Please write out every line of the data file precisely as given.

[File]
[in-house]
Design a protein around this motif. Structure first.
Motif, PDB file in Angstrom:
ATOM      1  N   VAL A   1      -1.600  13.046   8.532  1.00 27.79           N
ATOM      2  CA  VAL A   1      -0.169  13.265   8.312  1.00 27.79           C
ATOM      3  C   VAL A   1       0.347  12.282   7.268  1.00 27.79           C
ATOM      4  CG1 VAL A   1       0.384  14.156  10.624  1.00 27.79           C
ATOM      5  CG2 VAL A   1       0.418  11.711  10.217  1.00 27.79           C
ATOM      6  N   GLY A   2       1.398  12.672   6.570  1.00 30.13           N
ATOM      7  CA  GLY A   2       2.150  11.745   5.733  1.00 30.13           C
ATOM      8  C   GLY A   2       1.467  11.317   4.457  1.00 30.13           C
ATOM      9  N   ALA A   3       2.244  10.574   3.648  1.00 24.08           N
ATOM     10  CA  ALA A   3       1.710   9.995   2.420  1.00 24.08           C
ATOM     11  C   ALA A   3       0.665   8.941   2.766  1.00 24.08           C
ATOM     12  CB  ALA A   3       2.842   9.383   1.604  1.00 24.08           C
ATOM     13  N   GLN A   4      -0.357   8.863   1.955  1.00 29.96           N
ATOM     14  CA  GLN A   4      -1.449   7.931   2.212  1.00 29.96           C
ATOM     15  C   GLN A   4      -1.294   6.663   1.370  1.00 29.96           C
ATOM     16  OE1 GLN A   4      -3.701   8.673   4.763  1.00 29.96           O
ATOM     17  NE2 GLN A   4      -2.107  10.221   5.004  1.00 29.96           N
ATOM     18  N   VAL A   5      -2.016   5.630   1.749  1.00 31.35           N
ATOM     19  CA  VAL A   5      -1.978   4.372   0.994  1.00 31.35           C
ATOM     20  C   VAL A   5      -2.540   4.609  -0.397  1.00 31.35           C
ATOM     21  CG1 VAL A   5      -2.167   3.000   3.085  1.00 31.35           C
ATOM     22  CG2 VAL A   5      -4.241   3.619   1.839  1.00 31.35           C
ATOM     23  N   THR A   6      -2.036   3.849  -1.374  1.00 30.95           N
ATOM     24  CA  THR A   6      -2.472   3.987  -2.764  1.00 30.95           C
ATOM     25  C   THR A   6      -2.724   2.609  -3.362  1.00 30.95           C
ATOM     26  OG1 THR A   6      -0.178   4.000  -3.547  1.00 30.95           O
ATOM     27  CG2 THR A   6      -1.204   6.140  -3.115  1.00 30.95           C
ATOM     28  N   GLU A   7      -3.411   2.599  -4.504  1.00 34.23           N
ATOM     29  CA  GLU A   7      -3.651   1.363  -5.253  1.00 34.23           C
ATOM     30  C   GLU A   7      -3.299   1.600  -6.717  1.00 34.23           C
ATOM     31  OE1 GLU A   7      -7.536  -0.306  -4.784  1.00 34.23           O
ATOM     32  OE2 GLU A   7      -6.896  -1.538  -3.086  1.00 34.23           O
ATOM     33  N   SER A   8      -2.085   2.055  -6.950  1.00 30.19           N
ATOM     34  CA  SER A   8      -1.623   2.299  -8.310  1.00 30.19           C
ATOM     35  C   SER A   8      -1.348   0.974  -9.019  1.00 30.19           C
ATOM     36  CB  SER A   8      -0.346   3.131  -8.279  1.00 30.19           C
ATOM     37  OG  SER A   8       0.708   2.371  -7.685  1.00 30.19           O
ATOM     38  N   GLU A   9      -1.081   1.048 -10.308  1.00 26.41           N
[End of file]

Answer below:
[in-house]
Design a protein around this motif. Structure first.
Motif, PDB file in Angstrom:
ATOM      1  N   VAL A   1      -1.600  13.046   8.532  1.00 27.79           N
ATOM      2  CA  VAL A   1      -0.169  13.265   8.312  1.00 27.79           C
ATOM      3  C   VAL A   1       0.347  12.282   7.268  1.00 27.79           C
ATOM      4  CG1 VAL A   1       0.384  14.156  10.624  1.00 27.79           C
ATOM      5  CG2 VAL A   1       0.418  11.711  10.217  1.00 27.79           C
ATOM      6  N   GLY A   2       1.398  12.672   6.570  1.00 30.13           N
ATOM      7  CA  GLY A   2       2.150  11.745   5.733  1.00 30.13           C
ATOM      8  C   GLY A   2       1.467  11.317   4.457  1.00 30.13           C
ATOM      9  N   ALA A   3       2.244  10.574   3.648  1.00 24.08           N
ATOM     10  CA  ALA A   3       1.710   9.995   2.420  1.00 24.08           C
ATOM     11  C   ALA A   3       0.665   8.941   2.766  1.00 24.08           C
ATOM     12  CB  ALA A   3       2.842   9.383   1.604  1.00 24.08           C
ATOM     13  N   GLN A   4      -0.357   8.863   1.955  1.00 29.96           N
ATOM     14  CA  GLN A   4      -1.449   7.931   2.212  1.00 29.96           C
ATOM     15  C   GLN A   4      -1.294   6.663   1.370  1.00 29.96           C
ATOM     16  OE1 GLN A   4      -3.701   8.673   4.763  1.00 29.96           O
ATOM     17  NE2 GLN A   4      -2.107  10.221   5.004  1.00 29.96           N
ATOM     18  N   VAL A   5      -2.016   5.630   1.749  1.00 31.35           N
ATOM     19  CA  VAL A   5      -1.978   4.372   0.994  1.00 31.35           C
ATOM     20  C   VAL A   5      -2.540   4.609  -0.397  1.00 31.35           C
ATOM     21  CG1 VAL A   5      -2.167   3.000   3.085  1.00 31.35           C
ATOM     22  CG2 VAL A   5      -4.241   3.619   1.839  1.00 31.35           C
ATOM     23  N   THR A   6      -2.036   3.849  -1.374  1.00 30.95           N
ATOM     24  CA  THR A   6      -2.472   3.987  -2.764  1.00 30.95           C
ATOM     25  C   THR A   6      -2.724   2.609  -3.362  1.00 30.95           C
ATOM     26  OG1 THR A   6      -0.178   4.000  -3.547  1.00 30.95           O
ATOM     27  CG2 THR A   6      -1.204   6.140  -3.115  1.00 30.95           C
ATOM     28  N   GLU A   7      -3.411   2.599  -4.504  1.00 34.23           N
ATOM     29  CA  GLU A   7      -3.651   1.363  -5.253  1.00 34.23           C
ATOM     30  C   GLU A   7      -3.299   1.600  -6.717  1.00 34.23           C
ATOM     31  OE1 GLU A   7      -7.536  -0.306  -4.784  1.00 34.23           O
ATOM     32  OE2 GLU A   7      -6.896  -1.538  -3.086  1.00 34.23           O
ATOM     33  N   SER A   8      -2.085   2.055  -6.950  1.00 30.19           N
ATOM     34  CA  SER A   8      -1.623   2.299  -8.310  1.00 30.19           C
ATOM     35  C   SER A   8      -1.348   0.974  -9.019  1.00 30.19           C
ATOM     36  CB  SER A   8      -0.346   3.131  -8.279  1.00 30.19           C
ATOM     37  OG  SER A   8       0.708   2.371  -7.685  1.00 30.19           O
ATOM     38  N   GLU A   9      -1.081   1.048 -10.308  1.00 26.41           N